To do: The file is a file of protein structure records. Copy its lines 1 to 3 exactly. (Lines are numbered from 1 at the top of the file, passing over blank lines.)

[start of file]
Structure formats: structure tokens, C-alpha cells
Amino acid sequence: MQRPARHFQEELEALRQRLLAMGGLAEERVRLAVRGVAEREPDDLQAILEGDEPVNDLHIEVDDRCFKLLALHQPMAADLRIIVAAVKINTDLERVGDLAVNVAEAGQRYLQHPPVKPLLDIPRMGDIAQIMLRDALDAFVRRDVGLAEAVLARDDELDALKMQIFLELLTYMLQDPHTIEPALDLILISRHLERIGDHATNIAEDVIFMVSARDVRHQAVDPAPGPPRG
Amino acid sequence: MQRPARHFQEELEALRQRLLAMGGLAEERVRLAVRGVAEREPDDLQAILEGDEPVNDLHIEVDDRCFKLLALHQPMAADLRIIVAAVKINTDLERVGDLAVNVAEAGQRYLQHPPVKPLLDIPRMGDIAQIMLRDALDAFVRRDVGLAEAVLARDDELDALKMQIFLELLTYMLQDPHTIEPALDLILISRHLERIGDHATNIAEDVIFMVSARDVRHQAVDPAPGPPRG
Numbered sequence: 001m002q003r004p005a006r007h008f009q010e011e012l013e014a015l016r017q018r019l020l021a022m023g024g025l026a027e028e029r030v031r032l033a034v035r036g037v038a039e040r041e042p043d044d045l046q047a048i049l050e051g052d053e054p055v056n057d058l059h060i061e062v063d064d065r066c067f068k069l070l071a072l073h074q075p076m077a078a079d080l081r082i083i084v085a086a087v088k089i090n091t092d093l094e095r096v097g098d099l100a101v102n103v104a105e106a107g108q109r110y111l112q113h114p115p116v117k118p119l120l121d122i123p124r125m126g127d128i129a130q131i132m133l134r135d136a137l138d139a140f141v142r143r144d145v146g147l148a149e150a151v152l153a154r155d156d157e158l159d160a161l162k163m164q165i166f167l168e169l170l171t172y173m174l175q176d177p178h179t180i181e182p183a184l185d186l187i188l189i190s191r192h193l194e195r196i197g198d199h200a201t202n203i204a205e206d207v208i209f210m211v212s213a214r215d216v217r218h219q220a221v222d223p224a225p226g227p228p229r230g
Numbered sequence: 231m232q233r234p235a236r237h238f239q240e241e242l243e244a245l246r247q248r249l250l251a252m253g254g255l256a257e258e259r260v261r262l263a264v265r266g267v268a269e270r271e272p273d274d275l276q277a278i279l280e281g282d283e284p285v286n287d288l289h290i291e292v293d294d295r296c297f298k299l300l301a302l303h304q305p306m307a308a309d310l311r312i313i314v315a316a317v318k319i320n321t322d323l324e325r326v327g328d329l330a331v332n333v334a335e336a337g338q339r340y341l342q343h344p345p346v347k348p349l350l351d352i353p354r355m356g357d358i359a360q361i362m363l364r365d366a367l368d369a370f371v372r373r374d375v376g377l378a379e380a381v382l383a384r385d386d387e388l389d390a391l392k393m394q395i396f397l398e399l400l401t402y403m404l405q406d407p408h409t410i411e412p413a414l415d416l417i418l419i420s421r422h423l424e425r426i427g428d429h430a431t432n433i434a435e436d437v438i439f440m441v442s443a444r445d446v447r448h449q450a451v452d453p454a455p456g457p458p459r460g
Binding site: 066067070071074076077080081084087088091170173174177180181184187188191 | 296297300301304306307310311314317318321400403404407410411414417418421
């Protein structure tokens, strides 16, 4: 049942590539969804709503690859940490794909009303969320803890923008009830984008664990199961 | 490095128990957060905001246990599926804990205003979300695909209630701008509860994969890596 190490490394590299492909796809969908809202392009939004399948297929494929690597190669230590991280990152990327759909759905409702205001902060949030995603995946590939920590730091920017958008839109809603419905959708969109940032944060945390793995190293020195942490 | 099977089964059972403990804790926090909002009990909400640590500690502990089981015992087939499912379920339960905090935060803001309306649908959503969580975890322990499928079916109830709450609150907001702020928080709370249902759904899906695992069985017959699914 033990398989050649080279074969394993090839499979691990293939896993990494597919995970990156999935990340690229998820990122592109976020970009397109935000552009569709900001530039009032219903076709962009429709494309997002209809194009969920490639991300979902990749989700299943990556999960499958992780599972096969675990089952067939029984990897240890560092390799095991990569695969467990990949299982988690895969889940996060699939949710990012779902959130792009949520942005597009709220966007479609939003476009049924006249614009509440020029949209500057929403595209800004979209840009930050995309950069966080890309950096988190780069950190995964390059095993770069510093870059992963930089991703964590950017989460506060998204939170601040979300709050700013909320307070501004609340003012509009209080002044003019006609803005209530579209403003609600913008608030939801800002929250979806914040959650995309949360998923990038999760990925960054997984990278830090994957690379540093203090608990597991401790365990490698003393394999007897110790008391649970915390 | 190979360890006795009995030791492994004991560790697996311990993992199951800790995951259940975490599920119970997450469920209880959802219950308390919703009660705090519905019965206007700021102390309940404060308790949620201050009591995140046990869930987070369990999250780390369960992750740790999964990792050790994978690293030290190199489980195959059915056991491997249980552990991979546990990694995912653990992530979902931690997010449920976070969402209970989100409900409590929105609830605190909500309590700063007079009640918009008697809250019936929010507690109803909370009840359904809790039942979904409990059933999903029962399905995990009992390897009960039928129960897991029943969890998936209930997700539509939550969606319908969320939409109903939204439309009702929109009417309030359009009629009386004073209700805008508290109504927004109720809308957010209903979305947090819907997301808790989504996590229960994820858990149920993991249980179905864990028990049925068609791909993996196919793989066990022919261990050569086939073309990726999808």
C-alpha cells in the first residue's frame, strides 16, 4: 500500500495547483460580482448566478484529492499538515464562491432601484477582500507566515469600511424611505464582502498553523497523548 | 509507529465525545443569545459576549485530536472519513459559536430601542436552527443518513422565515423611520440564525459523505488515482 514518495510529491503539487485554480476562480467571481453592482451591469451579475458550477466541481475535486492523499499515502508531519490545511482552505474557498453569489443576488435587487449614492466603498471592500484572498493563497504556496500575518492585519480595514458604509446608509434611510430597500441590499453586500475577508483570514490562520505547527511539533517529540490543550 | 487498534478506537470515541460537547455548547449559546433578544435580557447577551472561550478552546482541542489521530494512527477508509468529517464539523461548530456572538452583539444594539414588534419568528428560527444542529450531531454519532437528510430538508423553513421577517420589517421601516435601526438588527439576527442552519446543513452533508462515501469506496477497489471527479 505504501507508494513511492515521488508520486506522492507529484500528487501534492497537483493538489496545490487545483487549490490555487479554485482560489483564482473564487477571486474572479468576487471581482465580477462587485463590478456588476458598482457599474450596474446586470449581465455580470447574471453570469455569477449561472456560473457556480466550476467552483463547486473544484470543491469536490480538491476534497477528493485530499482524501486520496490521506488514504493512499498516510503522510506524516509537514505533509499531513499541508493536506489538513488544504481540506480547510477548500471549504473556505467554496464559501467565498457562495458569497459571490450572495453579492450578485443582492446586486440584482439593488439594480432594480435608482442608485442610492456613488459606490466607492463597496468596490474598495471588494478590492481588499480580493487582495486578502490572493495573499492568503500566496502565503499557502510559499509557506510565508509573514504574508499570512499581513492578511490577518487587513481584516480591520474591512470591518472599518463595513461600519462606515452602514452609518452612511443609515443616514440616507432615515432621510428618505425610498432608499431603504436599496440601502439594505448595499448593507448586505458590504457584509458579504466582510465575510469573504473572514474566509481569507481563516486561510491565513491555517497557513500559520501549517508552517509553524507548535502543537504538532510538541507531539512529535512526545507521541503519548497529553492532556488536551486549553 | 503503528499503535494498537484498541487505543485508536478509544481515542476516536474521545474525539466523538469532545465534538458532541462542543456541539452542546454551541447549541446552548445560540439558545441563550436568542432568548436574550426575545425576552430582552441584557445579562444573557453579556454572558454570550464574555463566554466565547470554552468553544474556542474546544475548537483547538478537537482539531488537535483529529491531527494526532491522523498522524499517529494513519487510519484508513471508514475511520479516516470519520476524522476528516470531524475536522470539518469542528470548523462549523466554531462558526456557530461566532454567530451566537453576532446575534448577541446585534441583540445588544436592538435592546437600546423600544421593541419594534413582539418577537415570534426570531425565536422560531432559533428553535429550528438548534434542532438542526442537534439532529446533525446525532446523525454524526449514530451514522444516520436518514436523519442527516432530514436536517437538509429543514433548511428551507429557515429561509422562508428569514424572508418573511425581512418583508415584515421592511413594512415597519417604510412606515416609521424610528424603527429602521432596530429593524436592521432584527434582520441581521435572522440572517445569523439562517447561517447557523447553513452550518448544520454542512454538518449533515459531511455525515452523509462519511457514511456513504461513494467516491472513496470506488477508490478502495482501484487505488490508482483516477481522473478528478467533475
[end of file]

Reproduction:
Structure formats: structure tokens, C-alpha cells
Amino acid sequence: MQRPARHFQEELEALRQRLLAMGGLAEERVRLAVRGVAEREPDDLQAILEGDEPVNDLHIEVDDRCFKLLALHQPMAADLRIIVAAVKINTDLERVGDLAVNVAEAGQRYLQHPPVKPLLDIPRMGDIAQIMLRDALDAFVRRDVGLAEAVLARDDELDALKMQIFLELLTYMLQDPHTIEPALDLILISRHLERIGDHATNIAEDVIFMVSARDVRHQAVDPAPGPPRG
Amino acid sequence: MQRPARHFQEELEALRQRLLAMGGLAEERVRLAVRGVAEREPDDLQAILEGDEPVNDLHIEVDDRCFKLLALHQPMAADLRIIVAAVKINTDLERVGDLAVNVAEAGQRYLQHPPVKPLLDIPRMGDIAQIMLRDALDAFVRRDVGLAEAVLARDDELDALKMQIFLELLTYMLQDPHTIEPALDLILISRHLERIGDHATNIAEDVIFMVSARDVRHQAVDPAPGPPRG